from 'Electra' (by Nick Payne) (2014)

by Kim V Porcelli

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'Electra'
Written by Nick Payne
Directed by Elizabeth Swanson
Assistant directed by Jan Schneider
Designed by Áine O'Hara
Composed and musical-directed by Kim V Porcelli
Produced by the Lir Theatre, August 2014

The score featured seven discrete pieces of music, all of which were performed a cappella by a cast of five adults and two children. Several of the pieces utilised a single drum.

Singers/cast: Danielle Galligan (main soloist), Katie Honan, Úna Kavanagh, Gerard Lee, Robert Thompson, Ava and Ben

About the music:

When Elizabeth, Jan and I first met about the score, Elizabeth said: is it possible to have no tuned instruments on stage at all? Is it possible to be a cappella— I mean, really a cappella? We talked about how this was an almost insurmountable challenge, for singers to find notes out of thin air. But at the time I was singing in the Sacred Harp Singers of Dublin, a (really lovely) singing group that meets weekly to sing several-hundred-year-old four-part-harmony American folk music. In Sacred Harp singing, you tune songs not to a tuner or an instrument, but to your own comfort zone as a group. Typically you have a person, or a handful of people, who are comfortable finding starting pitches for songs, from which every harmony part in the song is reachable. It’s not important in Sacred Harp to be ‘in tune’, A440— it’s only important to be in tune with each other. So this is how we did this.

Danielle’s clear, shining voice was kind of the lynchpin of the writing for me. Once I knew we had at least one person who’d be able to find a pitch without being cued by an instrument, I knew I was free to write whatever.

I wrote the pieces, sang all the harmonies into a loop pedal, made demos of each song in this way, and gave mp3s to the cast. We didn’t use sheets or anything like that— we did it all by ear.

Danielle (who played Electra's sister Chrysothemis) had the incredible job of working to remember what it felt like in her body when she sang this note or that note, so that she’d be able to reproduce the feeling of singing the correct note, in the moment. Because, of course, onstage, during a performance, she couldn’t try this pitch or that— she had to open her mouth and, in one go, the right note had to come out. Not only did she hold the show together in this way, cueing everybody else, but she ended up singing in the exact key I’d composed the pieces in, 99% of the time. Her musical memory is outrageous. --Kim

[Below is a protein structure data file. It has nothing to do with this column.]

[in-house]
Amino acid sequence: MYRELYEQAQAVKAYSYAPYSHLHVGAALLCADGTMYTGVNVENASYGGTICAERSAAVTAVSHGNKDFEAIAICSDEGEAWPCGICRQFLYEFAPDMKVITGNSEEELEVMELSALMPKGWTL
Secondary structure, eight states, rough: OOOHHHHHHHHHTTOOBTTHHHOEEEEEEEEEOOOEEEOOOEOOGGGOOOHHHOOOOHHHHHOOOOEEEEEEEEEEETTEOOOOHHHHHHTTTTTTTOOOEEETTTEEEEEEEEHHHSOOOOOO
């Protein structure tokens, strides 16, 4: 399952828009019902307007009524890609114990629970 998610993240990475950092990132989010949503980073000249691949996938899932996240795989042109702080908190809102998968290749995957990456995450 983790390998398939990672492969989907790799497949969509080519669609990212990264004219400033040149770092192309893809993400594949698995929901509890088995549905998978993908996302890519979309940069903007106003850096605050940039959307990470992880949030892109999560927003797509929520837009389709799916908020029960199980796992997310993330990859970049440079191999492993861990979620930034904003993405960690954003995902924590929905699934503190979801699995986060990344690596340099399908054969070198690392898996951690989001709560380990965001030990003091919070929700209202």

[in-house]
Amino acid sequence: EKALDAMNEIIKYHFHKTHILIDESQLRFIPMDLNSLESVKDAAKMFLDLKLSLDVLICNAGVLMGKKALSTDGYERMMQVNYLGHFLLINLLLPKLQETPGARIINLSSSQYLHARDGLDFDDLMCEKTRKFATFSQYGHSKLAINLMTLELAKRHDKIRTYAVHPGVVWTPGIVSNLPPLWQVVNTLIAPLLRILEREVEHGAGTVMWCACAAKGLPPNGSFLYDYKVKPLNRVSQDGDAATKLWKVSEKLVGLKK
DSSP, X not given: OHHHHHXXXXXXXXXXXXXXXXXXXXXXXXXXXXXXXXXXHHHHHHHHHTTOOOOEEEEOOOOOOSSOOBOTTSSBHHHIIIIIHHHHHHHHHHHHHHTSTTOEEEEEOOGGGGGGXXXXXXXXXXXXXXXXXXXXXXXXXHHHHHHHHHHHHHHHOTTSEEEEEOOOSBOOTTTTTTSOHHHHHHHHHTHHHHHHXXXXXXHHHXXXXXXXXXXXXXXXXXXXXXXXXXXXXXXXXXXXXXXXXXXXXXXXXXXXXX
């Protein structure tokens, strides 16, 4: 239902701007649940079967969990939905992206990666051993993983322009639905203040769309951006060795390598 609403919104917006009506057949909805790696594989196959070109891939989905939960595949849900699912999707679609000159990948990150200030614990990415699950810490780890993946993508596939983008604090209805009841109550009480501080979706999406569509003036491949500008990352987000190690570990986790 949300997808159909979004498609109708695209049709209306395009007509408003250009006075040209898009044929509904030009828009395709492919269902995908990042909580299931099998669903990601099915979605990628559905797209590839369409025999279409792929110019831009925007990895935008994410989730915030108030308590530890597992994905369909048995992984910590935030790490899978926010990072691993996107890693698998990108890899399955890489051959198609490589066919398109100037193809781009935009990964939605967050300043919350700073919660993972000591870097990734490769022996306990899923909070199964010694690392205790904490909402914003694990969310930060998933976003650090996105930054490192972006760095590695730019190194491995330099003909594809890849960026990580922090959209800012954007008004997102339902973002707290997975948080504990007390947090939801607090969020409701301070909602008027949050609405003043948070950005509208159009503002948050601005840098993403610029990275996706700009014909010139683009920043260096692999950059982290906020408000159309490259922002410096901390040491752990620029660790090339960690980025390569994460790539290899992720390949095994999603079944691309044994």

Photograph: Instagram snapshot (by Kim) of part of the set, designed by Áine O'Hara

credits

released August 1, 2014

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Kim V Porcelli Dublin, Ireland

Composer
cellist
theatre-maker
writer
abstract expressionist

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Track Name: Wide Night
(original text, by Nick Payne):

Wide night,
open air,
before dawn.

She sings the same song,
the same song is sung.
She will not cease,
until she is done.

Only child,
bare breast,
left behind.

She sings the same song,
the same song is sung.
She will not cease,
until she is done.

Wide night,
open air,
bring help.
Track Name: A Heavy Sorrow
(original text by Nick Payne):

If we understand correctly,
your mother knows her fate.

Lacking in wise judgment,
justice predicts her outcome.

Her child is to return
in no short space of time.

A polluted marriage,
an outraged bed.

A heavy sorrow,
fallen asleep,
plunged into the sea.

Confidence in mind,
a dream that
breathes sweetly.

Following fearful nights,
morning is due.

Torment and trouble
depart now from this house.
Track Name: Alone At Sea
(original text by Nick Payne):

Why is it,
when we see a
cloud of starlings,
acting with great
care towards those
that gave them life,
we are unable
to take note?

We're not sure
that the plague
that runs through
this house
can any longer
be labelled
lack of love.

Alone at sea,
daughter
swims toward her father.
Ever grieving,
daughter is pulled under.

Like a nightingale,
reckless,
unafraid of death,
she denounces life.

She lives now,
above her enemies,
drawing strength
from their shame.

She lives now
bathed in tears,
drawing strength
from her fate.